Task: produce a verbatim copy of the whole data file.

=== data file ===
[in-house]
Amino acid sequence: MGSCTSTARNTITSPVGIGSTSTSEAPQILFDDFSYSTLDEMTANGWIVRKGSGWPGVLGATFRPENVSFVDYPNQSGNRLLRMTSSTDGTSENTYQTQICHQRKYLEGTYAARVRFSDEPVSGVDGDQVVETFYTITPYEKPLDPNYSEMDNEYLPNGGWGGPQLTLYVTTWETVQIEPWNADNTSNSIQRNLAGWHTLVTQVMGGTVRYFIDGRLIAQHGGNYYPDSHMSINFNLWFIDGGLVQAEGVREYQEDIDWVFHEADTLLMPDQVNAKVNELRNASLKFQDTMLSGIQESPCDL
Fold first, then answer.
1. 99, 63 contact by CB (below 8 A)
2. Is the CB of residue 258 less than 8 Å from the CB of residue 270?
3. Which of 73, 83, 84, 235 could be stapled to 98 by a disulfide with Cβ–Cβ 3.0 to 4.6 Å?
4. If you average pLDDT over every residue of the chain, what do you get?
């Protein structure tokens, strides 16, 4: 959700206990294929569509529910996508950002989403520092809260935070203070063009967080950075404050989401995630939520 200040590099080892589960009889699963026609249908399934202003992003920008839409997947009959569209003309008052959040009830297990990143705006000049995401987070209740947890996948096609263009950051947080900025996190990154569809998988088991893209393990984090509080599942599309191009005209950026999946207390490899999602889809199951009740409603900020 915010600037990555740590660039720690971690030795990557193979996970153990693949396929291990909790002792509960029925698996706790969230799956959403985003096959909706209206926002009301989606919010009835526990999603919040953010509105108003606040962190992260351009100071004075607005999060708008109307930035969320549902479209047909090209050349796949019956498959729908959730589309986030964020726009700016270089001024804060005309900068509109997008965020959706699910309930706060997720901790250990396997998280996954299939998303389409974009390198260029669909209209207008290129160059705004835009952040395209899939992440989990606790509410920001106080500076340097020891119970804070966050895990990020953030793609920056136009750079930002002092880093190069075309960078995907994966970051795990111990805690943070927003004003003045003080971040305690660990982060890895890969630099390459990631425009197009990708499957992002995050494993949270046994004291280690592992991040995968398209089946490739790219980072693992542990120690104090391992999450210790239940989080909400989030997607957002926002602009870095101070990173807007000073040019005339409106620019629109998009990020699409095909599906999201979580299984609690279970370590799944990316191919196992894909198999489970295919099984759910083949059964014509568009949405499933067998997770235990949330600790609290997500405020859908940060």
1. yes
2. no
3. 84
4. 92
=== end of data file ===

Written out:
[in-house]
Amino acid sequence: MGSCTSTARNTITSPVGIGSTSTSEAPQILFDDFSYSTLDEMTANGWIVRKGSGWPGVLGATFRPENVSFVDYPNQSGNRLLRMTSSTDGTSENTYQTQICHQRKYLEGTYAARVRFSDEPVSGVDGDQVVETFYTITPYEKPLDPNYSEMDNEYLPNGGWGGPQLTLYVTTWETVQIEPWNADNTSNSIQRNLAGWHTLVTQVMGGTVRYFIDGRLIAQHGGNYYPDSHMSINFNLWFIDGGLVQAEGVREYQEDIDWVFHEADTLLMPDQVNAKVNELRNASLKFQDTMLSGIQESPCDL
Fold first, then answer.
1. 99, 63 contact by CB (below 8 A)
2. Is the CB of residue 258 less than 8 Å from the CB of residue 270?
3. Which of 73, 83, 84, 235 could be stapled to 98 by a disulfide with Cβ–Cβ 3.0 to 4.6 Å?
4. If you average pLDDT over every residue of the chain, what do you get?
């Protein structure tokens, strides 16, 4: 959700206990294929569509529910996508950002989403520092809260935070203070063009967080950075404050989401995630939520 200040590099080892589960009889699963026609249908399934202003992003920008839409997947009959569209003309008052959040009830297990990143705006000049995401987070209740947890996948096609263009950051947080900025996190990154569809998988088991893209393990984090509080599942599309191009005209950026999946207390490899999602889809199951009740409603900020 915010600037990555740590660039720690971690030795990557193979996970153990693949396929291990909790002792509960029925698996706790969230799956959403985003096959909706209206926002009301989606919010009835526990999603919040953010509105108003606040962190992260351009100071004075607005999060708008109307930035969320549902479209047909090209050349796949019956498959729908959730589309986030964020726009700016270089001024804060005309900068509109997008965020959706699910309930706060997720901790250990396997998280996954299939998303389409974009390198260029669909209209207008290129160059705004835009952040395209899939992440989990606790509410920001106080500076340097020891119970804070966050895990990020953030793609920056136009750079930002002092880093190069075309960078995907994966970051795990111990805690943070927003004003003045003080971040305690660990982060890895890969630099390459990631425009197009990708499957992002995050494993949270046994004291280690592992991040995968398209089946490739790219980072693992542990120690104090391992999450210790239940989080909400989030997607957002926002602009870095101070990173807007000073040019005339409106620019629109998009990020699409095909599906999201979580299984609690279970370590799944990316191919196992894909198999489970295919099984759910083949059964014509568009949405499933067998997770235990949330600790609290997500405020859908940060």
1. yes
2. no
3. 84
4. 92